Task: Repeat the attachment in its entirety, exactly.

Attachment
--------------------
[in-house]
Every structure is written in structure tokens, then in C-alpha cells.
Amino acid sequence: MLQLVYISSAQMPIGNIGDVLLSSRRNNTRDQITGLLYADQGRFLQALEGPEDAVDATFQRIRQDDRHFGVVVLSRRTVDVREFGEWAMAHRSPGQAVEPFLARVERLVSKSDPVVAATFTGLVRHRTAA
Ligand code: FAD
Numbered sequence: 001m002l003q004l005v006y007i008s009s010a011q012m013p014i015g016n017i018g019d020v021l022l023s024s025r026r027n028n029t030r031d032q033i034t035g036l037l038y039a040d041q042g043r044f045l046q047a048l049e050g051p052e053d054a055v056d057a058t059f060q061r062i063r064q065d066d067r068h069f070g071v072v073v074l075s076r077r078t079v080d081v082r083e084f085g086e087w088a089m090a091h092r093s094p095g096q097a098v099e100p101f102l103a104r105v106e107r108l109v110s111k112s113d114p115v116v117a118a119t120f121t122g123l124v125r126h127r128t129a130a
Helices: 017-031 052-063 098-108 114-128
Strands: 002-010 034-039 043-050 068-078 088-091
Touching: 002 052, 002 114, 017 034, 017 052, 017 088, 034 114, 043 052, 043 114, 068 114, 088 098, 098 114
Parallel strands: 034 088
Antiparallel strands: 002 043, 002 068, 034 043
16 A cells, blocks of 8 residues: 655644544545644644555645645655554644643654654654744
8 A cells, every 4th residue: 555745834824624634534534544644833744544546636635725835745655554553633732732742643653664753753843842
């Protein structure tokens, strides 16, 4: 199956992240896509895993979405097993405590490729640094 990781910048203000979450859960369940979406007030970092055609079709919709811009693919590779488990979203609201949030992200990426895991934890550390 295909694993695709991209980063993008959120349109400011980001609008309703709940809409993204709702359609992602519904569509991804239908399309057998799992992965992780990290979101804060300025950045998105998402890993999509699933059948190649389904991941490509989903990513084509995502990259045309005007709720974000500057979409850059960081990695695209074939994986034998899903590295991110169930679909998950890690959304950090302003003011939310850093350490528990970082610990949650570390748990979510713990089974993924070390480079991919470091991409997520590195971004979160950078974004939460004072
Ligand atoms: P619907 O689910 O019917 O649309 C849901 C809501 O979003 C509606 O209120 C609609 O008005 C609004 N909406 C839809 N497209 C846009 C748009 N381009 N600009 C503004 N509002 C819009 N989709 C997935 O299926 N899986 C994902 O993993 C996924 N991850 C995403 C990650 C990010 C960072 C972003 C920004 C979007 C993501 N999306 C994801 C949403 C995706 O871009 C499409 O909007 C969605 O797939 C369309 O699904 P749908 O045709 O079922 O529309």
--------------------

[in-house]
Every structure is written in structure tokens, then in C-alpha cells.
Amino acid sequence: MLQLVYISSAQMPIGNIGDVLLSSRRNNTRDQITGLLYADQGRFLQALEGPEDAVDATFQRIRQDDRHFGVVVLSRRTVDVREFGEWAMAHRSPGQAVEPFLARVERLVSKSDPVVAATFTGLVRHRTAA
Ligand code: FAD
Numbered sequence: 001m002l003q004l005v006y007i008s009s010a011q012m013p014i015g016n017i018g019d020v021l022l023s024s025r026r027n028n029t030r031d032q033i034t035g036l037l038y039a040d041q042g043r044f045l046q047a048l049e050g051p052e053d054a055v056d057a058t059f060q061r062i063r064q065d066d067r068h069f070g071v072v073v074l075s076r077r078t079v080d081v082r083e084f085g086e087w088a089m090a091h092r093s094p095g096q097a098v099e100p101f102l103a104r105v106e107r108l109v110s111k112s113d114p115v116v117a118a119t120f121t122g123l124v125r126h127r128t129a130a
Helices: 017-031 052-063 098-108 114-128
Strands: 002-010 034-039 043-050 068-078 088-091
Touching: 002 052, 002 114, 017 034, 017 052, 017 088, 034 114, 043 052, 043 114, 068 114, 088 098, 098 114
Parallel strands: 034 088
Antiparallel strands: 002 043, 002 068, 034 043
16 A cells, blocks of 8 residues: 655644544545644644555645645655554644643654654654744
8 A cells, every 4th residue: 555745834824624634534534544644833744544546636635725835745655554553633732732742643653664753753843842
């Protein structure tokens, strides 16, 4: 199956992240896509895993979405097993405590490729640094 990781910048203000979450859960369940979406007030970092055609079709919709811009693919590779488990979203609201949030992200990426895991934890550390 295909694993695709991209980063993008959120349109400011980001609008309703709940809409993204709702359609992602519904569509991804239908399309057998799992992965992780990290979101804060300025950045998105998402890993999509699933059948190649389904991941490509989903990513084509995502990259045309005007709720974000500057979409850059960081990695695209074939994986034998899903590295991110169930679909998950890690959304950090302003003011939310850093350490528990970082610990949650570390748990979510713990089974993924070390480079991919470091991409997520590195971004979160950078974004939460004072
Ligand atoms: P619907 O689910 O019917 O649309 C849901 C809501 O979003 C509606 O209120 C609609 O008005 C609004 N909406 C839809 N497209 C846009 C748009 N381009 N600009 C503004 N509002 C819009 N989709 C997935 O299926 N899986 C994902 O993993 C996924 N991850 C995403 C990650 C990010 C960072 C972003 C920004 C979007 C993501 N999306 C994801 C949403 C995706 O871009 C499409 O909007 C969605 O797939 C369309 O699904 P749908 O045709 O079922 O529309």